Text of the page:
If you’ve been meaning to increase your exercise as we get close to summer and haven’t gotten around to it yet, you’re not alone. One of the most common things I hear from people starting out with personal training is “I’ve been meaning to do this for a while.” Don’t worry there’s no judgement from me or any of the trainers at Geelong’s Gym, we know how hard it is to make a behavioural change. We’re motivated seeing people get to the point where they say “ok, that’s it. I’m starting.”
Speaking of motivation, people often associate exercise with motivation. It’s common to hear “I’m feeling motivated” or “I’m not feeling very motivated today, I’ll work out tomorrow.” Motivation is a feeling, a feeling which can be fleeting at times. I’ve had people ask me, how do you stay motivated to work out? My answer, I work out. When I don’t feel like it? I try to do something, just get myself moving and do something.
I spent the weekend in Melbourne attending Filex, a national fitness industry convention. Craig Harper, who helped pioneer the personal training industry, drove home the point that you can’t master the thing you don’t do. In order to make exercise a habit, you need to do it. I could stop this article right here, but I know it’s not that simple. Getting into shape is hard, and the longer you’ve been out of shape the harder it is.
In Australia it is now more normal to be out of shape than it is to be fit. The 2004-2005 National Health Survey results showed the percentage of the population who were overweight or obese was 49%. That was the last time it was more normal to be considered a healthy weight than overweight. Shortly after, we crossed the 50% threshold and ushered in a new age.
Most people know they could improve their health through some combination of eating better and moving more. When you simplify all things fitness, eating better and moving more is a good place to start. However, there are a million and one options when starting a new exercise journey which just adds to the confusion. Sometimes we start something that ends up adding more stress into our lives and we struggle to follow through with it. The lack of follow through can then elicit a cycle of guilt rather than a feeling of success and achievement.
Perhaps most importantly, some people I see in the gym often don’t really know why they are there. They can tell me that they want to lose weight or feel better, but there is not yet an emotional connection to what they say they want to do. They haven’t considered how losing weight or feeling better is going to impact their life so they can use it to drive them.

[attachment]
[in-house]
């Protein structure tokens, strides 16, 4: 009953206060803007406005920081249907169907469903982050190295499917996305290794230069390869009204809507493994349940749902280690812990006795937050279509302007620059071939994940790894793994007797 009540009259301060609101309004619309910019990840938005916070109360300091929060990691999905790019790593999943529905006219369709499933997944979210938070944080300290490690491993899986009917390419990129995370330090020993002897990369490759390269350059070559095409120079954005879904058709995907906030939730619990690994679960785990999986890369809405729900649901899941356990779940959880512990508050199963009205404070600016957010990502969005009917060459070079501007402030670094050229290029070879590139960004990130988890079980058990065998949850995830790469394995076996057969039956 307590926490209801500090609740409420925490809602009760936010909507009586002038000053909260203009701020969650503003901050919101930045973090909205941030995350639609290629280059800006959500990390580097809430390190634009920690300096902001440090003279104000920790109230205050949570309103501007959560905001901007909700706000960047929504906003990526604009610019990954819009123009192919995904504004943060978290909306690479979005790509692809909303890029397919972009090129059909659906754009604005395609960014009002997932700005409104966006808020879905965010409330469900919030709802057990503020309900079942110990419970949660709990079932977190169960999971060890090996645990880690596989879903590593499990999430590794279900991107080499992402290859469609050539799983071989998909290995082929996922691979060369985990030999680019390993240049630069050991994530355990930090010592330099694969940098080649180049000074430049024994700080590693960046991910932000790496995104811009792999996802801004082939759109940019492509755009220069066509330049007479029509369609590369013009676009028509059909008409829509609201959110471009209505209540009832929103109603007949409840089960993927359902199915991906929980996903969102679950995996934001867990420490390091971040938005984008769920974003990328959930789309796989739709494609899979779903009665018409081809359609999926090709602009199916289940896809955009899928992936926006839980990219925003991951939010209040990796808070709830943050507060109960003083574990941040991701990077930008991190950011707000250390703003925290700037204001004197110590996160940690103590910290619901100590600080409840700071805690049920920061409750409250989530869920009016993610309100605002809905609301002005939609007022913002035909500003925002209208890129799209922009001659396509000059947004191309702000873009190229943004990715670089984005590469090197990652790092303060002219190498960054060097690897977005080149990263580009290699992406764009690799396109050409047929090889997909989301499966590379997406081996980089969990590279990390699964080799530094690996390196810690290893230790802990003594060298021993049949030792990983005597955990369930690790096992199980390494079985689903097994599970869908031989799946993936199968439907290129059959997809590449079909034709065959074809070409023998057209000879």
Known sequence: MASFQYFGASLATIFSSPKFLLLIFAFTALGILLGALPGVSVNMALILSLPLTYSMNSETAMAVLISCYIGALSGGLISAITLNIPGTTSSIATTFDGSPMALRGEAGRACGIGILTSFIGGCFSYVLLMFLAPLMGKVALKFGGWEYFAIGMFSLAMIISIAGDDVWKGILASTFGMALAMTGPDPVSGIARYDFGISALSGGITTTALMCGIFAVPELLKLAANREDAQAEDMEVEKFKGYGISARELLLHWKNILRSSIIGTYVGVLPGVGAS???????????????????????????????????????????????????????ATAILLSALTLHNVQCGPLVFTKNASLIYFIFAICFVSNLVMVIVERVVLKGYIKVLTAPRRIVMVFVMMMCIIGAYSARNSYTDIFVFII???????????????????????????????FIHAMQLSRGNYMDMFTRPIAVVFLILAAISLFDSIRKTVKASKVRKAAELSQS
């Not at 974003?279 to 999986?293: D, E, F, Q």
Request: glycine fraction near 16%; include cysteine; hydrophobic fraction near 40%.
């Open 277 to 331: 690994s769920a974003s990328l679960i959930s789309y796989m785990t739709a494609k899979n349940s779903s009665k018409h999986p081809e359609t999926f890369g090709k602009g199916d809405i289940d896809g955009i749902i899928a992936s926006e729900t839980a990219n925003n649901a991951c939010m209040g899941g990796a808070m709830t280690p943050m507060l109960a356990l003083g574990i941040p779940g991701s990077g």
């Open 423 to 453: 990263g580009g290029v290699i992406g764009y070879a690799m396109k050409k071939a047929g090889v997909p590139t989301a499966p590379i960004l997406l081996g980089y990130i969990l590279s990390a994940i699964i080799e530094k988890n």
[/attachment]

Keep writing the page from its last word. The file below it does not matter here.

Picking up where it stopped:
If it’s time you made exercise a habit, consider these 5 points:
- Seek guidance to create your plan -if you’re not sure where to start, ask someone, and if their answer doesn’t seem right to you ask someone else. Uncertainty is a threat, and the unknown provides a greater feeling of threat than the known, so once you know the plan, you remove a lot of the unknown and the fear and stress that can come with it.
- Find a training buddy for accountability -It could be a friend or a personal trainer. Not only will this make the experience more social which has been shown to have a positive outcome on results, but you now have a commitment to keep with someone other than yourself. This keeps you on the hook and before long exercise will be as normal as putting underwear on (assuming you wear underwear).
- Know your why – Think about why you really want to exercise. How will that outcome you have in mind impact on your life? Developing the emotional connection to the reason why will help you see this as a lifestyle rather than a means to an end.
- Decide what behaviours are non-negotiable – You could start by committing to one thing like doing one 30-minute PT session each week that’s non-negotiable. No matter what’s happening you do not miss this appointment. Another example might be going for a one hour walk to start every weekend. Start with one non-negotiable and the rest of the schedule can evolve over time if need be.
- Have the intent to follow through – Ask yourself, on a scale of 1 to 10, how confident am I on following through with this plan? An answer below 7 is a red flag and might not get you through the inevitable dose of CBF’d (which means can’t be bothered) that you will likely experience along the way.
Above all else remember; doing correlates with motivation and more motivation is created through more doing.
Hope to see you in the gym!